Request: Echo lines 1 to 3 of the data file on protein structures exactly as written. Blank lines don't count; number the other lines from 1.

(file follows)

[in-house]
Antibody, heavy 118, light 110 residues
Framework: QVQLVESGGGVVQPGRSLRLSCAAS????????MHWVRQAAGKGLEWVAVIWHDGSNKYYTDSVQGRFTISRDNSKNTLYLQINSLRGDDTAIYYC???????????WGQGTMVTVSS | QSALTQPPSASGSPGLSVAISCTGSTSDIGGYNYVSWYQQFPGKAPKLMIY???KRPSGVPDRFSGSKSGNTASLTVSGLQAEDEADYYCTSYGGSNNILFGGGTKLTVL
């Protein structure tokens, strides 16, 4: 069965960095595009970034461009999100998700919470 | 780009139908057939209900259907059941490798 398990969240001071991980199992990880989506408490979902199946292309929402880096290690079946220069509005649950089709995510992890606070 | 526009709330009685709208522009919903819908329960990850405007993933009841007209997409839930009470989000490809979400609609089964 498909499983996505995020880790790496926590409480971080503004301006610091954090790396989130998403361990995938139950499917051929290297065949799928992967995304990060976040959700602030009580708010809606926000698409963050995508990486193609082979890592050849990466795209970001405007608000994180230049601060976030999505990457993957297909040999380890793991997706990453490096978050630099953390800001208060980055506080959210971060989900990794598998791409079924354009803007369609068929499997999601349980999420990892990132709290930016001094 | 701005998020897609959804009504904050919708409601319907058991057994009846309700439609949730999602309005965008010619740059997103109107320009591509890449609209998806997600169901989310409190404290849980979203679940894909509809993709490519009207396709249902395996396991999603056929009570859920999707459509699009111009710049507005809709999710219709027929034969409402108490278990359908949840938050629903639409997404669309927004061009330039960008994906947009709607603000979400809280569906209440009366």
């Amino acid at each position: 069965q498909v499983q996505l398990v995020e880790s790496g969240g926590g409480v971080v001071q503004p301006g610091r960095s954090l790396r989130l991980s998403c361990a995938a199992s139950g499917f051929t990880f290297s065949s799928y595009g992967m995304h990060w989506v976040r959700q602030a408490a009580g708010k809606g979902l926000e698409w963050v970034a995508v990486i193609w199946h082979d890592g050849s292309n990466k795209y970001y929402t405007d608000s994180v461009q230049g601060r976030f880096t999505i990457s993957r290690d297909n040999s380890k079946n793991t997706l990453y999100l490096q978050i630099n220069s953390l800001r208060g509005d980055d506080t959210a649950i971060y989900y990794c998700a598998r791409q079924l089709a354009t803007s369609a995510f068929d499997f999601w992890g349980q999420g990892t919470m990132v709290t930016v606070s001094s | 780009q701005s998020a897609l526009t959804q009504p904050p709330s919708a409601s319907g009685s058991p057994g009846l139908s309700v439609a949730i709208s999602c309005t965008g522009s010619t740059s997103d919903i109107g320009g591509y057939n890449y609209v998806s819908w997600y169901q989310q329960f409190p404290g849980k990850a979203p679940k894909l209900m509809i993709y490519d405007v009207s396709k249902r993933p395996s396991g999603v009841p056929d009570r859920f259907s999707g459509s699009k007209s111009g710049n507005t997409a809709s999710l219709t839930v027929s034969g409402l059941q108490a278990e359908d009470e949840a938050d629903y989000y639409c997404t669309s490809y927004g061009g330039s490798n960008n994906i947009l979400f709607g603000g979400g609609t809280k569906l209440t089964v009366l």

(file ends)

[in-house]
Antibody, heavy 118, light 110 residues
Framework: QVQLVESGGGVVQPGRSLRLSCAAS????????MHWVRQAAGKGLEWVAVIWHDGSNKYYTDSVQGRFTISRDNSKNTLYLQINSLRGDDTAIYYC???????????WGQGTMVTVSS | QSALTQPPSASGSPGLSVAISCTGSTSDIGGYNYVSWYQQFPGKAPKLMIY???KRPSGVPDRFSGSKSGNTASLTVSGLQAEDEADYYCTSYGGSNNILFGGGTKLTVL